Turning now to FIG. 3, it is believed that the invention, and particularly the heart of the invention is best illustrated by describing what occurs as the cutter C moves along a cut line X in carton Y. As the cutter C approaches the end of the carton wall, the guard G realizes a release of pressure against foot 26. Thus, as the foot clears the end of the wall, it is urged outwardly, so that at the moment the cutter blade 16 reaches the end of the carton, the guard is already in the safe position. It is important to emphasize this is not the case with known safety guards of the prior art. The cutting blade in all of the prior art reaches the end of the carton wall prior to the time the guard is moved to the safe position. This "moment of danger" even though it may be short, is long enough to inflict injury to the operator or anyone in the vicinity of the carton end.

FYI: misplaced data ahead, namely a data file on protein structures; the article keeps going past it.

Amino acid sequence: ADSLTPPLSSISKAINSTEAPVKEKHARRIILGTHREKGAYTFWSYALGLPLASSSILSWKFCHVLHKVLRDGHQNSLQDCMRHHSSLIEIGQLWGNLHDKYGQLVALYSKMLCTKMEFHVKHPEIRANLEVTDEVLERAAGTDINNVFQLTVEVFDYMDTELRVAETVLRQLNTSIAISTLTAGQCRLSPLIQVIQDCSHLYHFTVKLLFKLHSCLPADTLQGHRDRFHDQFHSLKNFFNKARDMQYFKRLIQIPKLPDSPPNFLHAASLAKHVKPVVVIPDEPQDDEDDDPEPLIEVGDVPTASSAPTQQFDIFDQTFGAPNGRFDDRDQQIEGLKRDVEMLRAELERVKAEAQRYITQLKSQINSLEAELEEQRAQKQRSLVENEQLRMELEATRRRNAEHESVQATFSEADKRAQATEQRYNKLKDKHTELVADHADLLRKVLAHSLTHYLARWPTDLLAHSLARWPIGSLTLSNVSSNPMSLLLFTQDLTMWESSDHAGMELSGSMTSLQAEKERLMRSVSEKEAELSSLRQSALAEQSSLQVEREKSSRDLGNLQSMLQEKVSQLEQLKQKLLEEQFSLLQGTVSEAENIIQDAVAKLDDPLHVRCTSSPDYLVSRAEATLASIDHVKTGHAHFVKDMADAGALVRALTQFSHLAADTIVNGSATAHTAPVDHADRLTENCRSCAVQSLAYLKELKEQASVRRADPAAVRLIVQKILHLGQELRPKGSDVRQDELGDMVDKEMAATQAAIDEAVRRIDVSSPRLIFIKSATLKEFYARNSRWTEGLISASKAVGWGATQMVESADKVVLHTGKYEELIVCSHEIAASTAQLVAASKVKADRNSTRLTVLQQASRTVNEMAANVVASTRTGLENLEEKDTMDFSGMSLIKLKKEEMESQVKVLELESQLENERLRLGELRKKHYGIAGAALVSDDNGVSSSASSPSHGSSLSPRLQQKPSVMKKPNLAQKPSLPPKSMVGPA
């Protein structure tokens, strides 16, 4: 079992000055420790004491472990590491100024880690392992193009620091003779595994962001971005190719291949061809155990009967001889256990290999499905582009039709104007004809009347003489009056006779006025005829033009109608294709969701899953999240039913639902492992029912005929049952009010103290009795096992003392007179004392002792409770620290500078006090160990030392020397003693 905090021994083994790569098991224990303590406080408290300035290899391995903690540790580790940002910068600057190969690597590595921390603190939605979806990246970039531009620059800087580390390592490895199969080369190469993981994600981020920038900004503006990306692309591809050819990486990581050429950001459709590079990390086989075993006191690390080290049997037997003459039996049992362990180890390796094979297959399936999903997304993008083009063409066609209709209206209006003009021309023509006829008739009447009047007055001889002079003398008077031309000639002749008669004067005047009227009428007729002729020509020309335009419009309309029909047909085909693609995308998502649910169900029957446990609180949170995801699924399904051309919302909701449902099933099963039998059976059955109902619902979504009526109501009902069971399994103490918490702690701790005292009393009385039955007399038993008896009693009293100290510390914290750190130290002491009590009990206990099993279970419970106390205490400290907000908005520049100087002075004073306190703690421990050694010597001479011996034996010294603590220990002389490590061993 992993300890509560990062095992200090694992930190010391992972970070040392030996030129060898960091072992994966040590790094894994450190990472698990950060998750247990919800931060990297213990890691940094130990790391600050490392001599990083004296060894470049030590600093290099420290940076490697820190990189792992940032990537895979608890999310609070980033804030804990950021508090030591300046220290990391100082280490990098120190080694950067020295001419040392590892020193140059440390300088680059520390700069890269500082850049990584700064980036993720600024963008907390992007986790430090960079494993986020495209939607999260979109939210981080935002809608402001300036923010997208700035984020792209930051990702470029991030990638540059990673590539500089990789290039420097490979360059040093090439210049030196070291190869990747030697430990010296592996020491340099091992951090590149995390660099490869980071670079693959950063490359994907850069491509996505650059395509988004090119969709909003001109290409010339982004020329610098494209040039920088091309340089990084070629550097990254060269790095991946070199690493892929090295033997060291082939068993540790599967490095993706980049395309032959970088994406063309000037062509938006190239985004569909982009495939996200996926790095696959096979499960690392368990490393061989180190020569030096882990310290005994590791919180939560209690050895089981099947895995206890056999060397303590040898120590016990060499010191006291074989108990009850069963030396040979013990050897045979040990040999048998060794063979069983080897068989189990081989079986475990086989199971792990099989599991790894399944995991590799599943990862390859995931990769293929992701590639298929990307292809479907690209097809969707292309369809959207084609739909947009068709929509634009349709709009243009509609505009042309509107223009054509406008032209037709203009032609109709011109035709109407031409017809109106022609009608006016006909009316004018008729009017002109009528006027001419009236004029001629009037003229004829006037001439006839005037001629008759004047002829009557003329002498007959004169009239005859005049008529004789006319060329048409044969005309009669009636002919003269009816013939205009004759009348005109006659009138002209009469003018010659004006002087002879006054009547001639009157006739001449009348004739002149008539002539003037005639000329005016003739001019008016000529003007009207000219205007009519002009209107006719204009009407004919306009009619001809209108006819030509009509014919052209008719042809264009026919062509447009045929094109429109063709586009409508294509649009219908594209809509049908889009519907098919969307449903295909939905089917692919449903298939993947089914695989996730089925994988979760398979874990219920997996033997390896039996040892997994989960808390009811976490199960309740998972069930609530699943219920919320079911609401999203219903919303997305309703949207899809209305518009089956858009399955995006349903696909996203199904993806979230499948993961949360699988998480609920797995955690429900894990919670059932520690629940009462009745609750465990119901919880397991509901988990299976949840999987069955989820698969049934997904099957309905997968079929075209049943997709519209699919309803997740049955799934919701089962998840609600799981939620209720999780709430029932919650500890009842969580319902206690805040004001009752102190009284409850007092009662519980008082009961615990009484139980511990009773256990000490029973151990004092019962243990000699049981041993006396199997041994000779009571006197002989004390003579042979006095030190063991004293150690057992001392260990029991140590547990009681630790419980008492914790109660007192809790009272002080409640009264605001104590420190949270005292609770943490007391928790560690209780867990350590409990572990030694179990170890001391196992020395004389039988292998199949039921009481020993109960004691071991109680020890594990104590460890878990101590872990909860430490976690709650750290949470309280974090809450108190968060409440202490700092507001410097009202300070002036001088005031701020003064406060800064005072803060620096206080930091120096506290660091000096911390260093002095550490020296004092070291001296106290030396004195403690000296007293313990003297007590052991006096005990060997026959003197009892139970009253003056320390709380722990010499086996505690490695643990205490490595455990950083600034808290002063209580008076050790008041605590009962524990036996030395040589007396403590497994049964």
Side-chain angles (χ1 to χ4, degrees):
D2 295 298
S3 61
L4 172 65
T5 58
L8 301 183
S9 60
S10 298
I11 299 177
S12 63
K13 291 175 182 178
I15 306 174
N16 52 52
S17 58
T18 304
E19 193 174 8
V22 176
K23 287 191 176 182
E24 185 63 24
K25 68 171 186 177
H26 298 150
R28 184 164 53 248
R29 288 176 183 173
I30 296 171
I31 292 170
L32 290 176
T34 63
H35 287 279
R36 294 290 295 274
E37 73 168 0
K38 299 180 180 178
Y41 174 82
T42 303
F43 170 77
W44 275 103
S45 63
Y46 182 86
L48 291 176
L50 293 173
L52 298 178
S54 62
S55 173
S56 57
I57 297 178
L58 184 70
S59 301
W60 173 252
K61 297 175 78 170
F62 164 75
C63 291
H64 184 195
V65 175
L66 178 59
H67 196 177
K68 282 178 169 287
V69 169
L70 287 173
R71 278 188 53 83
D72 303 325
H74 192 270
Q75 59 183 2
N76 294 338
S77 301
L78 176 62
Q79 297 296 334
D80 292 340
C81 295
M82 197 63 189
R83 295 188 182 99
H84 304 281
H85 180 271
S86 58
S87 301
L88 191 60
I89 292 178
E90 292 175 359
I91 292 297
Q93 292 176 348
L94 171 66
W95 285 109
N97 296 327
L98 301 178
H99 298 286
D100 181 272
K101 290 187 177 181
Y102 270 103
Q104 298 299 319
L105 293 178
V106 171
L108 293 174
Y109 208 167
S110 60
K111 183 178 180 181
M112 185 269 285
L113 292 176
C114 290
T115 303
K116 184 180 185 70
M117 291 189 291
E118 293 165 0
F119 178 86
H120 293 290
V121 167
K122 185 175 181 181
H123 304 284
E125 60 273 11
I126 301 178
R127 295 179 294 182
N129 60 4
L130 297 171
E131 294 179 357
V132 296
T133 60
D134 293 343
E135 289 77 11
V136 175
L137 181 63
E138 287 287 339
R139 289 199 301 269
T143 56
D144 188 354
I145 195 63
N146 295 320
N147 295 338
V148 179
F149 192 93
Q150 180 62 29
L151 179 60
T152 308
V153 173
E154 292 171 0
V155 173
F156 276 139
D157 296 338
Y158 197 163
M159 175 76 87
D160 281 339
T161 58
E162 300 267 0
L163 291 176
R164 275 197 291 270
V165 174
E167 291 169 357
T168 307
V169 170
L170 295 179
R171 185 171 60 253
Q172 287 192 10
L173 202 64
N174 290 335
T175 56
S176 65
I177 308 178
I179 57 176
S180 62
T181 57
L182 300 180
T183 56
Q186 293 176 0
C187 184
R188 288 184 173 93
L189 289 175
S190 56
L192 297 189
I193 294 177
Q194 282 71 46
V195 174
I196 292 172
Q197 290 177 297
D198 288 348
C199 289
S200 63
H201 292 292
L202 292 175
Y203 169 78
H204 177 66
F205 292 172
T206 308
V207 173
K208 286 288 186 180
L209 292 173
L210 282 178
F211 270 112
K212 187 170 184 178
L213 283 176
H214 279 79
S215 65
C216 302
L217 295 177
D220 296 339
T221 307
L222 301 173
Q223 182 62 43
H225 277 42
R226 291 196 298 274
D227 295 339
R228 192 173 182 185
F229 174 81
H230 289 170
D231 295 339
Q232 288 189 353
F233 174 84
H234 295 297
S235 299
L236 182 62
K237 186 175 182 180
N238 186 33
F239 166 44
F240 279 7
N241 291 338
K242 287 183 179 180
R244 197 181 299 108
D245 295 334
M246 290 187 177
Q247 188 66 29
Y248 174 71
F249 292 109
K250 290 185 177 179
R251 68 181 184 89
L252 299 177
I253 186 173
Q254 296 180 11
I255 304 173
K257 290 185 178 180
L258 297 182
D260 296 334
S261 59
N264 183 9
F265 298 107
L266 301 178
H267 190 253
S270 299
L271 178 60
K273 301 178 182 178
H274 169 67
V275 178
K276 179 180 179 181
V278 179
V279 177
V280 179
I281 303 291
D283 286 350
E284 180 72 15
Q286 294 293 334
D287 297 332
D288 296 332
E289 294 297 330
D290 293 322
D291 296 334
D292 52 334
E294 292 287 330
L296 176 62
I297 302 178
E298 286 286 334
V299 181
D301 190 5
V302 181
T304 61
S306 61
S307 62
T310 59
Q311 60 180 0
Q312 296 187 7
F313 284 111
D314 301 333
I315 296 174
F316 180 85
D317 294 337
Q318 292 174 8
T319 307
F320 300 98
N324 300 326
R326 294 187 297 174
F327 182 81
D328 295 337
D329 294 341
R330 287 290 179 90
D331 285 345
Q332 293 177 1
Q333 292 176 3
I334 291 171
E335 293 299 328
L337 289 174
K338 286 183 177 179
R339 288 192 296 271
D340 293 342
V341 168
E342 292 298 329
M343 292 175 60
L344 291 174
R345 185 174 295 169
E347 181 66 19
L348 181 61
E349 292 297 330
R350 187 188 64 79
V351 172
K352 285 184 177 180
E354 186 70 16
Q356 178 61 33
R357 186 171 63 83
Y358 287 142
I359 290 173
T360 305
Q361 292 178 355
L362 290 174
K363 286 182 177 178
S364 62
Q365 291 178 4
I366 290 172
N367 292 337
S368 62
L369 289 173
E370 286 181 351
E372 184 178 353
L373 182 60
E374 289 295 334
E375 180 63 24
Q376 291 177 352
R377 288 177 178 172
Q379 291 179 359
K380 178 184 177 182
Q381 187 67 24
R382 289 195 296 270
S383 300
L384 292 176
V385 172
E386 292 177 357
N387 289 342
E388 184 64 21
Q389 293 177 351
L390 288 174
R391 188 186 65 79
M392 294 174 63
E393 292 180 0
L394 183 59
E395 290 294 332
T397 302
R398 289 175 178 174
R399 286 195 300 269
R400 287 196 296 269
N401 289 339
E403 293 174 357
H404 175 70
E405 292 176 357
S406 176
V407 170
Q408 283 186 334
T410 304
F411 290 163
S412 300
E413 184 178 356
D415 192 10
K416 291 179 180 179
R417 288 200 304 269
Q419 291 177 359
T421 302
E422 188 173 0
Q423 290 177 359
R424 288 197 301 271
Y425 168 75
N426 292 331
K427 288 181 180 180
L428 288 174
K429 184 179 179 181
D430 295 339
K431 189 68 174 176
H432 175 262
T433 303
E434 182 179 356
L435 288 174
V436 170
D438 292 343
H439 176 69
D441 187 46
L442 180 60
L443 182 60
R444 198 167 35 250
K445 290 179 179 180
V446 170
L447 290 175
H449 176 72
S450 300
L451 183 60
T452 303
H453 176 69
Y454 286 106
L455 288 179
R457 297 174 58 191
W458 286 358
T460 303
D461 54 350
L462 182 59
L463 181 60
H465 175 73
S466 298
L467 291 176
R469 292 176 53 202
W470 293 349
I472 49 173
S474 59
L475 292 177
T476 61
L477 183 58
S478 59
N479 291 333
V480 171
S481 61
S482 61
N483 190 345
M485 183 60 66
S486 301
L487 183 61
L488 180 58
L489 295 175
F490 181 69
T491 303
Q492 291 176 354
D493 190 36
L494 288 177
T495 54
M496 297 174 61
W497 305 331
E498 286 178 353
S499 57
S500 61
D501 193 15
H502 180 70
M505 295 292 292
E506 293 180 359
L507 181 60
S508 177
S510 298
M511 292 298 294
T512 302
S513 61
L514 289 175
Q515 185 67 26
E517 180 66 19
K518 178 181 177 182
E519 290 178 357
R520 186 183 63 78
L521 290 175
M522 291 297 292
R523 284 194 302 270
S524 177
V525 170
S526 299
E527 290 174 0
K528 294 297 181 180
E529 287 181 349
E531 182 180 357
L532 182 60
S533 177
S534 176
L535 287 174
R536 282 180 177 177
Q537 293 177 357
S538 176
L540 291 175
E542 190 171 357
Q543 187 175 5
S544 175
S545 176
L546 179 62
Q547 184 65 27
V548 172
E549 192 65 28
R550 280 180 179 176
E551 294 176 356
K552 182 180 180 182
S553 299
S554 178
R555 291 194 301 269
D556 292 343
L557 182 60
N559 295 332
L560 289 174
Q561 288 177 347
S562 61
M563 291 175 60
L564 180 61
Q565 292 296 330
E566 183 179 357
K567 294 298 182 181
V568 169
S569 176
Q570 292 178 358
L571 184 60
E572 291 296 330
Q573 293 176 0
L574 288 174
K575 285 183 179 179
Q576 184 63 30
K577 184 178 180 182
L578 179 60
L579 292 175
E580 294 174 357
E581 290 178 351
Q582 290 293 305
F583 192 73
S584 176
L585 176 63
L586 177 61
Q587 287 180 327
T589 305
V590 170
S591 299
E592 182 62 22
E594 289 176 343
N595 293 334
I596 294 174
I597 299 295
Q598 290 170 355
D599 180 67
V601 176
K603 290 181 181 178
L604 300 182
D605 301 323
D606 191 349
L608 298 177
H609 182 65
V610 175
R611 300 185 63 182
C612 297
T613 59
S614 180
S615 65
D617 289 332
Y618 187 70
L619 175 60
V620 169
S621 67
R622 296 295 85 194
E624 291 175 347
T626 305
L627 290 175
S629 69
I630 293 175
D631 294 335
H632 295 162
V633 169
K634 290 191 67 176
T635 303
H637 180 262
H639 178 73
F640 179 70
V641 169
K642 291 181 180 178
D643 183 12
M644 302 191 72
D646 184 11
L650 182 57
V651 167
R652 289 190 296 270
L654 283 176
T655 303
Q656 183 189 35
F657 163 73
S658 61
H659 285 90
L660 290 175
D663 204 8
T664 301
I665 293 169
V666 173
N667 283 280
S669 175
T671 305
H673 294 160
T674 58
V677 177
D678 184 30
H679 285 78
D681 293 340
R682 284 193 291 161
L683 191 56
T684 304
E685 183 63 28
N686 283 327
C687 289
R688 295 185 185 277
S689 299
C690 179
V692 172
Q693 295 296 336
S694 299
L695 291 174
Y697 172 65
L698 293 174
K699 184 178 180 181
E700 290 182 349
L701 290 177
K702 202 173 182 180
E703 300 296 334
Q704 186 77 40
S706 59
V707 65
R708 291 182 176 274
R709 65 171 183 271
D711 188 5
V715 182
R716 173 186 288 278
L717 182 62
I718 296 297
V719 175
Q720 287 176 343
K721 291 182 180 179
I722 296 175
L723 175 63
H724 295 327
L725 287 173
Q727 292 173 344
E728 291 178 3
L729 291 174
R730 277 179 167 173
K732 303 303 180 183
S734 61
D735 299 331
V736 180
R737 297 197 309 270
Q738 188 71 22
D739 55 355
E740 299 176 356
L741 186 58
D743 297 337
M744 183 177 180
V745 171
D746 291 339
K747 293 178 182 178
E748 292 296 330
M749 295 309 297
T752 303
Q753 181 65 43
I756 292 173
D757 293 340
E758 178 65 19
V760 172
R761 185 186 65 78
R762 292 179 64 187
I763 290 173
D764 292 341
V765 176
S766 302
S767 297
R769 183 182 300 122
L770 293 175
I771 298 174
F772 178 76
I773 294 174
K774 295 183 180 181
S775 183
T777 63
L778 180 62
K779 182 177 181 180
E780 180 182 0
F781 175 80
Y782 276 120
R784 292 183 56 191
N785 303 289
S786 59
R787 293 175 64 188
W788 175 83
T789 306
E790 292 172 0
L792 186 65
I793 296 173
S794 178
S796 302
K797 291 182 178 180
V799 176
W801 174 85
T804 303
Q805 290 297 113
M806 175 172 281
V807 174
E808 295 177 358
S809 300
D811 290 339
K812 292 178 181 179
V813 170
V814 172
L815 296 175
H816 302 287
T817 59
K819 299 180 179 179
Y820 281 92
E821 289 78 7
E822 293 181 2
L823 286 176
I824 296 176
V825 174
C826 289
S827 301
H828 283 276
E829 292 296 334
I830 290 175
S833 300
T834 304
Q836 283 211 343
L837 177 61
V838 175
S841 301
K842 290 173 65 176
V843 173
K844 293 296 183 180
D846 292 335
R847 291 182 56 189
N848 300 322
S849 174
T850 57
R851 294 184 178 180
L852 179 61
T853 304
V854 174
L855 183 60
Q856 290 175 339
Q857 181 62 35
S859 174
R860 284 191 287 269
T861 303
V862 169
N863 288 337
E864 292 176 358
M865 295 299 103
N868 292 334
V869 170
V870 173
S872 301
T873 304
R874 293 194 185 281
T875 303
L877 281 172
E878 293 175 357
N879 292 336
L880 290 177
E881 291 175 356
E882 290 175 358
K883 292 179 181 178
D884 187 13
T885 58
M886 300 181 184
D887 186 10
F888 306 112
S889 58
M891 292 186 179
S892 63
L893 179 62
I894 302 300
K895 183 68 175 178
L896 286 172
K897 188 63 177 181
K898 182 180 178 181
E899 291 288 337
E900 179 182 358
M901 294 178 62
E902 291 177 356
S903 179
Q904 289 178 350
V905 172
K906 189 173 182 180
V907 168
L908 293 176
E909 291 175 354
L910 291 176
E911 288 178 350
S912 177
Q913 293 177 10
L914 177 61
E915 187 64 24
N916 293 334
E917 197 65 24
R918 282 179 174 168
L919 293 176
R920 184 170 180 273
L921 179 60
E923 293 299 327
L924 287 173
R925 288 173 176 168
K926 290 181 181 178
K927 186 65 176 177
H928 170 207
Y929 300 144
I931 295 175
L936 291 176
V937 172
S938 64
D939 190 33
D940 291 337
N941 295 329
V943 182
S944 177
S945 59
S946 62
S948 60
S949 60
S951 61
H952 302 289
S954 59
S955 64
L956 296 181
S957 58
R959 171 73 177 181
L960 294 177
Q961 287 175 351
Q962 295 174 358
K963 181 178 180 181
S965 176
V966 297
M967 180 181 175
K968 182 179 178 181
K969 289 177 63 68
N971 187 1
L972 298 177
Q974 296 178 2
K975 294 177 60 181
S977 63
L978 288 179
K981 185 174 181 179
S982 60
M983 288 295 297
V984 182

It is apparent that a preferred embodiment of the invention has been illustrated and described and various changes and modifications might be made without departing from the scope of the invention, which is set forth in the appended claims.